NEW YORK – Mega-screen digital billboards? Got ‘em. Music to rumble by? Yup, it’s blaring. Raucous crowd? They’re here.
It must be “United in the Square,” the seventh annual Beat the Streets gala wrestling competition, held on Thursday in New York City’s Times Square.
Five wrestlers who will represent Team USA at the Rio de Janeiro 2016 Olympic Games squared off in exhibition matches against top-notch opponents from Canada, Iran and South Korea, sharpening their skills, trying out new moves and helping to raise money for Beat the Streets, a nonprofit that aims to improve the lives and potential of New York City student-athletes through participation in amateur wrestling.
Jordan Burroughs kept his Beat the Streets winning streak intact, handily defeating 2015 Asian Games champion Peyman Yarahmadi of Iran 11-2, including an exciting feet-to-back takedown worth four points. The 2012 Olympic champion, undefeated in his six consecutive galas, welcomed the chance to test himself against the up-and-coming young Iranian.
“Right now is a tough period of time, because you start to deal with that complacency,” Burroughs, who wrestles at 74 kg./163 lbs., said. “You think, ‘Man, I’m training, I’m grinding myself down, but I haven’t seen the fruits of my labor because I haven’t competed in a while.’ You just want to get your hands on someone else, besides the training partners you’re wrestling.”
Yarahmadi proved a tough opponent for much of the match, scoring a two-point takedown on Burroughs in the second period before the three-time world champion shifted into high gear.
“I looked at (Yarahmadi’s) résumé and he’s had some tough, good matches,” Burroughs said. “He’s a tough guy. A lot of people say, ‘Man, this is an exhibition.’ But I say, this is a legacy builder. It’s important to me to put on a great show.”
The Olympic-level matches were the highlights of an evening that also included area youth and high school wrestlers, as well as four junior-level matches. Mike Novogratz, Beat the Streets’ founder and chairman of the board, welcomed the large international crowd, including many Iranian Americans.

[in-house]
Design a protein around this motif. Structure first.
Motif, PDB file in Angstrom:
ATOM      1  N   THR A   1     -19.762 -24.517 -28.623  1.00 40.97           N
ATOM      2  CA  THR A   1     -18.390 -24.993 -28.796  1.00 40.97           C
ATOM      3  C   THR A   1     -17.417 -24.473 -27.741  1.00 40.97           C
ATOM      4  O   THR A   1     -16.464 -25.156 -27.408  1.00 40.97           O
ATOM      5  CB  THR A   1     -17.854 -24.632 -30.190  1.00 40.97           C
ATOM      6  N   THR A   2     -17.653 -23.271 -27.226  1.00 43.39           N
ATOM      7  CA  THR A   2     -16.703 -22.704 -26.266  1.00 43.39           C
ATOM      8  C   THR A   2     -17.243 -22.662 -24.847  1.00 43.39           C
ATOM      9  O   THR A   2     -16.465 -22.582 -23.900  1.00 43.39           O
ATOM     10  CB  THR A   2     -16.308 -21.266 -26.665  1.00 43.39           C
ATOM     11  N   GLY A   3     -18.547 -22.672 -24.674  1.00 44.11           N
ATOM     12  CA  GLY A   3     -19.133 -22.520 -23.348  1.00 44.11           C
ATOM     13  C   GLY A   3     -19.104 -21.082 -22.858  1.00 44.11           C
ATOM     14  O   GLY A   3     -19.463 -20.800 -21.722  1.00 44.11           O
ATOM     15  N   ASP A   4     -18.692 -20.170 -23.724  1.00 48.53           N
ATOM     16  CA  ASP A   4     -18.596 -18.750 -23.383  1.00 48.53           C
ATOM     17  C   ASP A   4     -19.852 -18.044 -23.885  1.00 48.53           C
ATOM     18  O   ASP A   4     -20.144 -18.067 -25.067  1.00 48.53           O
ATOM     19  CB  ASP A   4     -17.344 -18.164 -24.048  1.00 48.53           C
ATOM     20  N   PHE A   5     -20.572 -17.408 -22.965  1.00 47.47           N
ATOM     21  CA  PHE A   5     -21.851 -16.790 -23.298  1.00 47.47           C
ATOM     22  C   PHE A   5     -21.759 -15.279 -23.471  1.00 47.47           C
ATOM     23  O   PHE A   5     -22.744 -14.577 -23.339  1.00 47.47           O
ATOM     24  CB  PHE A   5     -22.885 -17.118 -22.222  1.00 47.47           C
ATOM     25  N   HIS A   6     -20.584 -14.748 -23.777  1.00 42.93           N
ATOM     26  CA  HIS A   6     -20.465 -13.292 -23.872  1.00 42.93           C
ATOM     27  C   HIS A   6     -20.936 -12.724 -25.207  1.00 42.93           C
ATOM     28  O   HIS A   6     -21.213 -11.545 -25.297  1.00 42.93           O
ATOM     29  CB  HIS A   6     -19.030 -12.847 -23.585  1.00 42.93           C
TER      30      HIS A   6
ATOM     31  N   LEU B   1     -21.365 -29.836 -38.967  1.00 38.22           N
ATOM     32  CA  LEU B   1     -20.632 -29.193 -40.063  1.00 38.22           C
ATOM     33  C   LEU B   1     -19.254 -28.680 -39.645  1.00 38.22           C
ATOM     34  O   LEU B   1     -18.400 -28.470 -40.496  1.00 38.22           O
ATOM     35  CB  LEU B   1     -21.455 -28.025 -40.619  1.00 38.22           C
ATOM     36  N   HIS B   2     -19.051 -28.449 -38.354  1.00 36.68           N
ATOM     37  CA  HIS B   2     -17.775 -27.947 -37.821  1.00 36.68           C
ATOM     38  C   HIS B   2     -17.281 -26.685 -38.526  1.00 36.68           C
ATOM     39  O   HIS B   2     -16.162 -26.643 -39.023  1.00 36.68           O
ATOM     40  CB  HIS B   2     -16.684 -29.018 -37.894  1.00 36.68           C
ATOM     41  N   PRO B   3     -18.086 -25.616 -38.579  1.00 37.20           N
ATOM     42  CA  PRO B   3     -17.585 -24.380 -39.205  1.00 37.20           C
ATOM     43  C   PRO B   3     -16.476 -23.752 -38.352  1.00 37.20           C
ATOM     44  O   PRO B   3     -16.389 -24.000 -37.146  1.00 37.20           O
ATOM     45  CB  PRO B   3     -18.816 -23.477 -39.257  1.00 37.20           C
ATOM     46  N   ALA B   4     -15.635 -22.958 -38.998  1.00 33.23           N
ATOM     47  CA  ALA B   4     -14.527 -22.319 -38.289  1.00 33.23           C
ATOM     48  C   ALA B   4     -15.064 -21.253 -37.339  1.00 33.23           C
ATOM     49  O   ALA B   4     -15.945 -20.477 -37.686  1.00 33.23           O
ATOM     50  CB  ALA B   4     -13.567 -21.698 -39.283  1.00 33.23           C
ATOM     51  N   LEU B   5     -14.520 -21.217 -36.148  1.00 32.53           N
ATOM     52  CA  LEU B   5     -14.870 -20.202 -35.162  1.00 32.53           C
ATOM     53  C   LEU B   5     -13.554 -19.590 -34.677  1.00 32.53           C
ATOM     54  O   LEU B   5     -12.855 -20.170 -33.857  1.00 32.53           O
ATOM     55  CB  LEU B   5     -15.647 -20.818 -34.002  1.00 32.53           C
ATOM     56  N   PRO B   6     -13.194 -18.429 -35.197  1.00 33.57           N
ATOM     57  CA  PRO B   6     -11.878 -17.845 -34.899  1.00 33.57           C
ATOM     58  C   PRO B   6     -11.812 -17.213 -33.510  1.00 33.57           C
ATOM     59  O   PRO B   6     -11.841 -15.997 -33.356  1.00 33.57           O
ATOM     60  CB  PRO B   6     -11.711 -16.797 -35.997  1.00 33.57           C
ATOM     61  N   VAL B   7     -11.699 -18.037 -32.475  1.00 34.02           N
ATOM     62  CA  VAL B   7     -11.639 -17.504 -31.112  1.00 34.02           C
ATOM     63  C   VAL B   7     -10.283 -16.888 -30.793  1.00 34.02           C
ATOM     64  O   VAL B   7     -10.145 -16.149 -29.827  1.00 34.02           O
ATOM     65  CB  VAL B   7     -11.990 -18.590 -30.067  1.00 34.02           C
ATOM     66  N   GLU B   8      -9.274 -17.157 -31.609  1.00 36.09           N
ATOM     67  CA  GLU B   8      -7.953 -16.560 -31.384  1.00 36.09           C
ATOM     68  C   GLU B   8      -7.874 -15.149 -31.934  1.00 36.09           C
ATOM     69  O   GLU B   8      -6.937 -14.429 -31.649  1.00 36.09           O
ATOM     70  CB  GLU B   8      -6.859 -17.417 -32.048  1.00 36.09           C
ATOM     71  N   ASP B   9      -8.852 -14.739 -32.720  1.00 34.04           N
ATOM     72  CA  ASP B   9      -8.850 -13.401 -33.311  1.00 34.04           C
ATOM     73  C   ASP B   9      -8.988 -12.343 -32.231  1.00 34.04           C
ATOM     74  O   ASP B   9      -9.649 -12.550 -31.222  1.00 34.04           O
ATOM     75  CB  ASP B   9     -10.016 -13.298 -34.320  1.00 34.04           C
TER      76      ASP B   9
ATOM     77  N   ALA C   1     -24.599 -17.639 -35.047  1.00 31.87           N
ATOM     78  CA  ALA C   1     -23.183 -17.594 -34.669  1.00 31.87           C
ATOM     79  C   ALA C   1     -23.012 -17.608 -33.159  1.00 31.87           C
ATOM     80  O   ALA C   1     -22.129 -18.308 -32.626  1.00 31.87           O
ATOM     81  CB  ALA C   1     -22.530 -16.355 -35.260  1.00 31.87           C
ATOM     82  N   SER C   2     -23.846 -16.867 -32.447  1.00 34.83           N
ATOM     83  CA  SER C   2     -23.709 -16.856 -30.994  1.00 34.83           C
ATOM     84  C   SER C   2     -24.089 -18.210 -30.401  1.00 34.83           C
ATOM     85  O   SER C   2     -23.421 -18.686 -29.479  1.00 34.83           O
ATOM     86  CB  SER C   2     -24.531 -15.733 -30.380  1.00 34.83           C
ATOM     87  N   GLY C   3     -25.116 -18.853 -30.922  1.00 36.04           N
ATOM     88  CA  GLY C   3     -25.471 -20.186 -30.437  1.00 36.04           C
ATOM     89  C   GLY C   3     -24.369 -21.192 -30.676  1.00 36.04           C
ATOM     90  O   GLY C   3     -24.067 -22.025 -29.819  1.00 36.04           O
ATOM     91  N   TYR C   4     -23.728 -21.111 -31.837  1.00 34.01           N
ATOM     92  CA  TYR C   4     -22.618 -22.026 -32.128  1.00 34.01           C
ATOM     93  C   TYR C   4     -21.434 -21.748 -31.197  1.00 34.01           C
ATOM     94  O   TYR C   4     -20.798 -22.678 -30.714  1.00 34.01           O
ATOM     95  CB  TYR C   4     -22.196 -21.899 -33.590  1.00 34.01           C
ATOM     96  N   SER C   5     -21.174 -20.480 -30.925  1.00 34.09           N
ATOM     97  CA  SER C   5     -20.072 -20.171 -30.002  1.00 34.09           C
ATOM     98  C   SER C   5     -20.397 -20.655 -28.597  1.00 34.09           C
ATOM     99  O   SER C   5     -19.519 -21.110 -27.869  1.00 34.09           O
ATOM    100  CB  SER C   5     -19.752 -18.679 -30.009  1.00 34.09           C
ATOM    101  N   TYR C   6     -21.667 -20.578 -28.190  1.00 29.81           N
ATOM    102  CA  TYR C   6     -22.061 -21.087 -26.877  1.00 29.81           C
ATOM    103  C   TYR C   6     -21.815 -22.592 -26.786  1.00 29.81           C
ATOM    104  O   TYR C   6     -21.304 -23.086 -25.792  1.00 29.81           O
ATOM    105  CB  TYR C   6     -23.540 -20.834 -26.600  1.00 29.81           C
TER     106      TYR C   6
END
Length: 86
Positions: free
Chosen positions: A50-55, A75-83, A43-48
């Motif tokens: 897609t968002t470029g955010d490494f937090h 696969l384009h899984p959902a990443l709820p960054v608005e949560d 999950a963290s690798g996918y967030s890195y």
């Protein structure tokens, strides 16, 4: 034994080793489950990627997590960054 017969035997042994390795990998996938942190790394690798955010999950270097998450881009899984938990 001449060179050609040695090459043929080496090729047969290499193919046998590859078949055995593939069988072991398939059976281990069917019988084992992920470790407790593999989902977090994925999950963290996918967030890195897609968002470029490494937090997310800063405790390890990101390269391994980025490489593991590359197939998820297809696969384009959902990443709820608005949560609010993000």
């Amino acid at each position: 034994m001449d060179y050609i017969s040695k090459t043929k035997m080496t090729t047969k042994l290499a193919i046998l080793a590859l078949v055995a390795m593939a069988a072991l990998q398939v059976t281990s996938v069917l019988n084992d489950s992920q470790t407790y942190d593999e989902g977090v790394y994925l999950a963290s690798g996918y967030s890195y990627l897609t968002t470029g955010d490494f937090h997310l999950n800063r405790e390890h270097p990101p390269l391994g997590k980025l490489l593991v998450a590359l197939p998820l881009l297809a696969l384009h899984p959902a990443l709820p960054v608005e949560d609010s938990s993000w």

“The whole idea of the event, ‘United in the Square,’ is that these athletes can bash each other on the mat and then shake hands and break bread with each other,” Novogratz, an NCAA wrestler in his college days, said. “How great would it be if our world leaders could do that?”
Bashing their opponents is exactly what Adeline Gray and Helen Maroulis did, with both women dominating their Canadian challengers.
Gray, a three-time world champion at 75 kg./165 lbs., gained an 11-0 technical superiority victory over Justina Di Stasio. Her repertoire included several ankle lace takedowns and a high cross.
“I’ve been trying out some new set-ups and new ties,” Gray said. “I’ve been working on the high cross for two weeks straight, and I’m so stoked I did it.”
Gray added that virtually every hour of her time from now until the Rio Games in August is carefully scheduled with training, media events and practice.
“Each day is mapped out and everything is calculated,” she said. “It all points to that time when I step onto the mat in Rio.”
Maroulis overpowered Samantha Stewart, winning 12-0 by a pin. Like Burroughs, the 53 kg./116.5 lbs. wrestler was grateful for the chance to compete.
“I had two tough back-to-back tournaments, then two weeks off, and one week back in training, so this was great for me,” Maroulis said. “I’m known as an offensive wrestler, but the beauty of the sport is it’s smart, disciplined and strategic. I wanted this match to help jumpstart my summer training, to practice mat awareness.”
In Greco-Roman action, two-time world bronze medalist Andy Bisek lost a tough 3-0 match to South Korea’s Olympic and world champion Kim Hyeon-Woo in the 75 kg./165 lbs. division. J’den Cox, though, won an exciting 86 kg./189 lbs. encounter over Iran’s Meisam Mostafa Jokar, defeating the 2014 Asian Games champion by 10-5 after two two-point takedowns in the match’s final seconds.
The two-time NCAA champion from Missouri qualified for Rio with a win at the world Olympic qualifier last month in Mongolia. It was his first major international event for Team USA.
“Overall it was a good match,” Cox said. “Holy cow, wrestling in Times Square was fun. I’ll take this match, learn a lot from it and get better.”
Cox has a simple plan for the lead-in to Rio: get better.
“That’s how it’s going to be,” Cox said. “Learning to think like a freestyler and wrestle new positions. We’re going to work on everything; nothing is going to be left alone. Everything has room to improve.”
The world team newcomer looks to his teammate Burroughs for guidance.
“There’s no way in the world I’m going to wrestle like Jordan Burroughs, but there is a different way I can prove myself and put a little piece of what he has within me,” he said. “Jordan is really good at articulating how he thinks, how he wrestles and how he looks at things. Not only is he a great wrestler, he’s a great leader.”